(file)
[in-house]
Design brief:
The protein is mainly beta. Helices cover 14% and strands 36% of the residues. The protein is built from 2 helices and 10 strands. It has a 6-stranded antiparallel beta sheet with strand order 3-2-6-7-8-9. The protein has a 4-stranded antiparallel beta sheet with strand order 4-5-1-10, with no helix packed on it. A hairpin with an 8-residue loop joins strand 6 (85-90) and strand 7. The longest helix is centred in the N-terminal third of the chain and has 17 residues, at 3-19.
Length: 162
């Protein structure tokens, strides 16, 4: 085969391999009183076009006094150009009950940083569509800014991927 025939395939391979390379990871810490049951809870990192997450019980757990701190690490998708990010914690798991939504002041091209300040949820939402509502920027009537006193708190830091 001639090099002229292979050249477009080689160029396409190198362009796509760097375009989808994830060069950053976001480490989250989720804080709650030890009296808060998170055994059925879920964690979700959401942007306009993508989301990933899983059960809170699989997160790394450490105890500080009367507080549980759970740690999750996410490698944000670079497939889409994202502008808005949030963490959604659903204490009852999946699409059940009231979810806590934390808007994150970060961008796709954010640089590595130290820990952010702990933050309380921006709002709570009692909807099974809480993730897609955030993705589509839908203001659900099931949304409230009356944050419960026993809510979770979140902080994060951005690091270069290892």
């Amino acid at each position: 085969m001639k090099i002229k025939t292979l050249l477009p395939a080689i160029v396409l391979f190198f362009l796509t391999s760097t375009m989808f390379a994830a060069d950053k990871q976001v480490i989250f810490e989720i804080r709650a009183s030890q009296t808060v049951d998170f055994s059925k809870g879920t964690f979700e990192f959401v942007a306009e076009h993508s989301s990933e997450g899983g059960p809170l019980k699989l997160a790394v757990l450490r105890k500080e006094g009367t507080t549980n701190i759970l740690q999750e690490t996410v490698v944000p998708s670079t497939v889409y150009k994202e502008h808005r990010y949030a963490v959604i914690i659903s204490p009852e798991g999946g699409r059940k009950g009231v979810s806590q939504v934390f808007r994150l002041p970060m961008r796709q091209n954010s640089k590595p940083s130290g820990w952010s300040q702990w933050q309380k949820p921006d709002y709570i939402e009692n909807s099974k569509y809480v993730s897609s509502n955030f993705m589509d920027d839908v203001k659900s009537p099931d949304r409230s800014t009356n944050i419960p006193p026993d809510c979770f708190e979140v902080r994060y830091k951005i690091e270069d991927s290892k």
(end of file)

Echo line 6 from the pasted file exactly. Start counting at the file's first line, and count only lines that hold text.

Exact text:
């Amino acid at each position: 085969m001639k090099i002229k025939t292979l050249l477009p395939a080689i160029v396409l391979f190198f362009l796509t391999s760097t375009m989808f390379a994830a060069d950053k990871q976001v480490i989250f810490e989720i804080r709650a009183s030890q009296t808060v049951d998170f055994s059925k809870g879920t964690f979700e990192f959401v942007a306009e076009h993508s989301s990933e997450g899983g059960p809170l019980k699989l997160a790394v757990l450490r105890k500080e006094g009367t507080t549980n701190i759970l740690q999750e690490t996410v490698v944000p998708s670079t497939v889409y150009k994202e502008h808005r990010y949030a963490v959604i914690i659903s204490p009852e798991g999946g699409r059940k009950g009231v979810s806590q939504v934390f808007r994150l002041p970060m961008r796709q091209n954010s640089k590595p940083s130290g820990w952010s300040q702990w933050q309380k949820p921006d709002y709570i939402e009692n909807s099974k569509y809480v993730s897609s509502n955030f993705m589509d920027d839908v203001k659900s009537p099931d949304r409230s800014t009356n944050i419960p006193p026993d809510c979770f708190e979140v902080r994060y830091k951005i690091e270069d991927s290892k």